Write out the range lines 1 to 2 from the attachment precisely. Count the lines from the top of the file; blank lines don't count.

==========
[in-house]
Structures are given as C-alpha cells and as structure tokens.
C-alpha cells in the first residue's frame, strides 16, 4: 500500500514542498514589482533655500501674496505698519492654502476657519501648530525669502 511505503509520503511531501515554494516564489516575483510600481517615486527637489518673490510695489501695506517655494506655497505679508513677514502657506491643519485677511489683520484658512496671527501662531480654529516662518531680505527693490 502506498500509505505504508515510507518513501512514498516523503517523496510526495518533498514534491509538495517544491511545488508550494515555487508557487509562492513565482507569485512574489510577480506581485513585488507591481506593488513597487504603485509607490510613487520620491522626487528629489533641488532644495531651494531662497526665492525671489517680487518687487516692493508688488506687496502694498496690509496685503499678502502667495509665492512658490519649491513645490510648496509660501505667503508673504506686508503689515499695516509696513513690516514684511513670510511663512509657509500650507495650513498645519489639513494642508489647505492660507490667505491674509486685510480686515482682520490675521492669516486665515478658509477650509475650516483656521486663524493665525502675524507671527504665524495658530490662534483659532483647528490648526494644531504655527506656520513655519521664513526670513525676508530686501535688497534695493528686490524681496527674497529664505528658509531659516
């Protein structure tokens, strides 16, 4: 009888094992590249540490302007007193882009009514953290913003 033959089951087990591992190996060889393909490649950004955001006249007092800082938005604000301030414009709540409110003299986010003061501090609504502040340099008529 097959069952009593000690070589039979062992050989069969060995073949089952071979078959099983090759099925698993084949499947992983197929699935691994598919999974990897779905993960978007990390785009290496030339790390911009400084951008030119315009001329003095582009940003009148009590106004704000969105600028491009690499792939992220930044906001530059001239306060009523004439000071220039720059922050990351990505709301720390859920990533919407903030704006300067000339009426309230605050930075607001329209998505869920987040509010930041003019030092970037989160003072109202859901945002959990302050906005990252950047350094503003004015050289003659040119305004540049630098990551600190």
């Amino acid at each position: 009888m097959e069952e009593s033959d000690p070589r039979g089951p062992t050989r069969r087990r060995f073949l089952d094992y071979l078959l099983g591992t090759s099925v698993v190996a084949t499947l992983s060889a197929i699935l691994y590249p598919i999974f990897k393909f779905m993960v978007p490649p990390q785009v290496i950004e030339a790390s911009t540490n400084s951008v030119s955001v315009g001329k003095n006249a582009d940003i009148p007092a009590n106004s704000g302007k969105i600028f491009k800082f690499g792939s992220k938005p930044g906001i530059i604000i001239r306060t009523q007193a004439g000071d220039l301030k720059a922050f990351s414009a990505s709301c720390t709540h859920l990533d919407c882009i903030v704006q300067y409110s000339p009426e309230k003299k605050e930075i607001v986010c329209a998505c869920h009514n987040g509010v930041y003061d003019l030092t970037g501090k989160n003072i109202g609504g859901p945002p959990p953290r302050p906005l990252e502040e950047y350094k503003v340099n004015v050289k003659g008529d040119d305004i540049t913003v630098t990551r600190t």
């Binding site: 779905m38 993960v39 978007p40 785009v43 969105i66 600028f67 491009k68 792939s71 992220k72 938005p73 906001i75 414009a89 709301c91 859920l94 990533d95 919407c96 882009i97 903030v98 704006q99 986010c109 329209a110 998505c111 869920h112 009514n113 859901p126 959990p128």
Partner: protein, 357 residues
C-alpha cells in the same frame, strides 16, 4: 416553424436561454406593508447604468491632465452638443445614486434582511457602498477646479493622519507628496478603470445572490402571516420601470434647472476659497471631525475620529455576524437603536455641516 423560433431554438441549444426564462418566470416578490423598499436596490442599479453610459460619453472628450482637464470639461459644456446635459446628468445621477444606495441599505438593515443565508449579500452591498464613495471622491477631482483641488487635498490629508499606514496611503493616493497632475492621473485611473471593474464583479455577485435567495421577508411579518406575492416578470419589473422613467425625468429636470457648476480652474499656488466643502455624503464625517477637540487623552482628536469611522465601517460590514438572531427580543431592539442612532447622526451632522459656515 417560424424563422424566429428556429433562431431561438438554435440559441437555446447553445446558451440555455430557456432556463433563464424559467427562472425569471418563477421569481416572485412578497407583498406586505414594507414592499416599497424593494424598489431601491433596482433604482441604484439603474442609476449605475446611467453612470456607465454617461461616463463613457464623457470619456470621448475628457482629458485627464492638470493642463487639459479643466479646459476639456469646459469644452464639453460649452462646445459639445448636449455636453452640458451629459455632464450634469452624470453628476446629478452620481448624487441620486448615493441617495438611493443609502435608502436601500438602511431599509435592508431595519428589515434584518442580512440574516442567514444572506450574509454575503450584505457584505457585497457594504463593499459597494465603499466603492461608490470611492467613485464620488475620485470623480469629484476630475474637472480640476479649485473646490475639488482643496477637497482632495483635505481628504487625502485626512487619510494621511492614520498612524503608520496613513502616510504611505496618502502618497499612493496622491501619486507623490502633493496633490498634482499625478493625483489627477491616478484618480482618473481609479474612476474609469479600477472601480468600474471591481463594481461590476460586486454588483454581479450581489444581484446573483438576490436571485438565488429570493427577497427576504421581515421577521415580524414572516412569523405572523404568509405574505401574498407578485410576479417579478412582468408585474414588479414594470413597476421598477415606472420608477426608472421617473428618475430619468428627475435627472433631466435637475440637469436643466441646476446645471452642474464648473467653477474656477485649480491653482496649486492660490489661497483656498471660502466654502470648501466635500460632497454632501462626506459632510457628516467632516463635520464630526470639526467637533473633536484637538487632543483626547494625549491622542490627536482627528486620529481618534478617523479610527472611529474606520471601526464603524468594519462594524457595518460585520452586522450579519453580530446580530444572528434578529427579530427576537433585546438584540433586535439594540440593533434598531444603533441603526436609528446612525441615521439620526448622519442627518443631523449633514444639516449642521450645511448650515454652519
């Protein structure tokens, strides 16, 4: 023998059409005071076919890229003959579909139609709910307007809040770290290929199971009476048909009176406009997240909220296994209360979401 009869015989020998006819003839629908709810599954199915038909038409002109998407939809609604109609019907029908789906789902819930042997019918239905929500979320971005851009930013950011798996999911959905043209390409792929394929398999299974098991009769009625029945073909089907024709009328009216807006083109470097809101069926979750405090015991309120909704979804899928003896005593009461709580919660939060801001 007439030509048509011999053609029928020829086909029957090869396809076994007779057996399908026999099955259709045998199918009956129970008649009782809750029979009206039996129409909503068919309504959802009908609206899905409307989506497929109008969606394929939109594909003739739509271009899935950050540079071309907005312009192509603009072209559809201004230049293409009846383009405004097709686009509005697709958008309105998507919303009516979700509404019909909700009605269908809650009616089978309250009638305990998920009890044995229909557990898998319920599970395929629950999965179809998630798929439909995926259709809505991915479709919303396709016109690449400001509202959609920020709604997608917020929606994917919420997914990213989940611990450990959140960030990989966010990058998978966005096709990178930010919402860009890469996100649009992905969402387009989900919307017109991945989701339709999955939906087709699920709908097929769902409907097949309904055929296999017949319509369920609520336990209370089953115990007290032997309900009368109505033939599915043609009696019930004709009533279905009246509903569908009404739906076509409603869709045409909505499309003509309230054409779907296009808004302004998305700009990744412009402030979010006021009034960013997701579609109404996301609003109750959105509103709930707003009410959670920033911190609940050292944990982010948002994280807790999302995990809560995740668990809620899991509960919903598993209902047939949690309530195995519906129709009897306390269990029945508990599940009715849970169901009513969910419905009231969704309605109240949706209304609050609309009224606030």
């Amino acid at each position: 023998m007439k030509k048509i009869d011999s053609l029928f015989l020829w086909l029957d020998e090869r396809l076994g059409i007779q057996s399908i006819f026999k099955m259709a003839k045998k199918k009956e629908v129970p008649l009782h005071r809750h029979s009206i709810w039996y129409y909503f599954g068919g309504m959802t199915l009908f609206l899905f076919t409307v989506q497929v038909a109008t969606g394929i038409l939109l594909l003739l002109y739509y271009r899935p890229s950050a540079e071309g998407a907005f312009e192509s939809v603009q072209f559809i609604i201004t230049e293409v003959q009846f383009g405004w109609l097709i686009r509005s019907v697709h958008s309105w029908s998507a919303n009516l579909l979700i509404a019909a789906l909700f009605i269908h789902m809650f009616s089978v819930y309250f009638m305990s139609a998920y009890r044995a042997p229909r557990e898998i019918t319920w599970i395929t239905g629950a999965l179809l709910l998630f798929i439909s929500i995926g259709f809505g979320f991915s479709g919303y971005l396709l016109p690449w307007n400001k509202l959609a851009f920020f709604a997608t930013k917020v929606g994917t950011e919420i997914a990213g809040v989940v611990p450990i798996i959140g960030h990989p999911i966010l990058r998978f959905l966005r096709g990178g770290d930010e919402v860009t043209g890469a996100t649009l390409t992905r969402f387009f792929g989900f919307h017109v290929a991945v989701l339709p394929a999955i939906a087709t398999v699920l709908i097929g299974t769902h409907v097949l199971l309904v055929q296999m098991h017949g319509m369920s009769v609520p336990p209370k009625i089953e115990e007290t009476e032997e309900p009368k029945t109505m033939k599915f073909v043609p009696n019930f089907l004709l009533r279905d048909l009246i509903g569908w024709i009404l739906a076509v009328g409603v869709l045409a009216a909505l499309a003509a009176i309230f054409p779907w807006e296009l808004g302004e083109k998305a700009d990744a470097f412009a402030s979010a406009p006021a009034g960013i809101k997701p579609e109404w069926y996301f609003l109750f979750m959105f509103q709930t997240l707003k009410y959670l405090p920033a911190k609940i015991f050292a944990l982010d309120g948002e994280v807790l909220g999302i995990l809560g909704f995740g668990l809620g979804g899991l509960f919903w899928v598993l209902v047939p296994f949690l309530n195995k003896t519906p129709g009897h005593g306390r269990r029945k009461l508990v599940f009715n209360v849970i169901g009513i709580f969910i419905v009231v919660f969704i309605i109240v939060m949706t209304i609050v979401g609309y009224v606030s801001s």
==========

[in-house]
Structures are given as C-alpha cells and as structure tokens.